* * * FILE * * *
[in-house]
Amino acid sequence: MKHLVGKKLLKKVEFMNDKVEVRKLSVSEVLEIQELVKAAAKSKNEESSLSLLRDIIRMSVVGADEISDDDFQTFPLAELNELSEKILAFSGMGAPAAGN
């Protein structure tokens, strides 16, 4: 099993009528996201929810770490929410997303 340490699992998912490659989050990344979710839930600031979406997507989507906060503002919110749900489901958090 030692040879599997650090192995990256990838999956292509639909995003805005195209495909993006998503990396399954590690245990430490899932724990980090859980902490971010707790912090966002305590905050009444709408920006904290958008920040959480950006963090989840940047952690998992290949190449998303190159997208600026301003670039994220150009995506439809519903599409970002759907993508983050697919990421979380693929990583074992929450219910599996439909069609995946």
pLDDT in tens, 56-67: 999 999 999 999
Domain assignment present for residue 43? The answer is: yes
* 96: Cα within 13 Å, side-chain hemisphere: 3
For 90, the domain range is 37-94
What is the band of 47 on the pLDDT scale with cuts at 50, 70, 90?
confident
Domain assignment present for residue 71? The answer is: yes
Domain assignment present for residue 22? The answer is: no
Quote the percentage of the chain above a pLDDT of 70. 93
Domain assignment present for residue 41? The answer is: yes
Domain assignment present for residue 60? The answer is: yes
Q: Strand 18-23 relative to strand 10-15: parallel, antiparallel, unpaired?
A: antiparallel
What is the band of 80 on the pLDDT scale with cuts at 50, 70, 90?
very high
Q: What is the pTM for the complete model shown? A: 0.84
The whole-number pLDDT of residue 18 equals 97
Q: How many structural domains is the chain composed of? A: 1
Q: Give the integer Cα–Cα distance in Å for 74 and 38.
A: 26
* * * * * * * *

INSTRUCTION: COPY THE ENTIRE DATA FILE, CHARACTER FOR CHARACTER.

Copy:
[in-house]
Amino acid sequence: MKHLVGKKLLKKVEFMNDKVEVRKLSVSEVLEIQELVKAAAKSKNEESSLSLLRDIIRMSVVGADEISDDDFQTFPLAELNELSEKILAFSGMGAPAAGN
């Protein structure tokens, strides 16, 4: 099993009528996201929810770490929410997303 340490699992998912490659989050990344979710839930600031979406997507989507906060503002919110749900489901958090 030692040879599997650090192995990256990838999956292509639909995003805005195209495909993006998503990396399954590690245990430490899932724990980090859980902490971010707790912090966002305590905050009444709408920006904290958008920040959480950006963090989840940047952690998992290949190449998303190159997208600026301003670039994220150009995506439809519903599409970002759907993508983050697919990421979380693929990583074992929450219910599996439909069609995946």
pLDDT in tens, 56-67: 999 999 999 999
Domain assignment present for residue 43? The answer is: yes
* 96: Cα within 13 Å, side-chain hemisphere: 3
For 90, the domain range is 37-94
What is the band of 47 on the pLDDT scale with cuts at 50, 70, 90?
confident
Domain assignment present for residue 71? The answer is: yes
Domain assignment present for residue 22? The answer is: no
Quote the percentage of the chain above a pLDDT of 70. 93
Domain assignment present for residue 41? The answer is: yes
Domain assignment present for residue 60? The answer is: yes
Q: Strand 18-23 relative to strand 10-15: parallel, antiparallel, unpaired?
A: antiparallel
What is the band of 80 on the pLDDT scale with cuts at 50, 70, 90?
very high
Q: What is the pTM for the complete model shown? A: 0.84
The whole-number pLDDT of residue 18 equals 97
Q: How many structural domains is the chain composed of? A: 1
Q: Give the integer Cα–Cα distance in Å for 74 and 38.
A: 26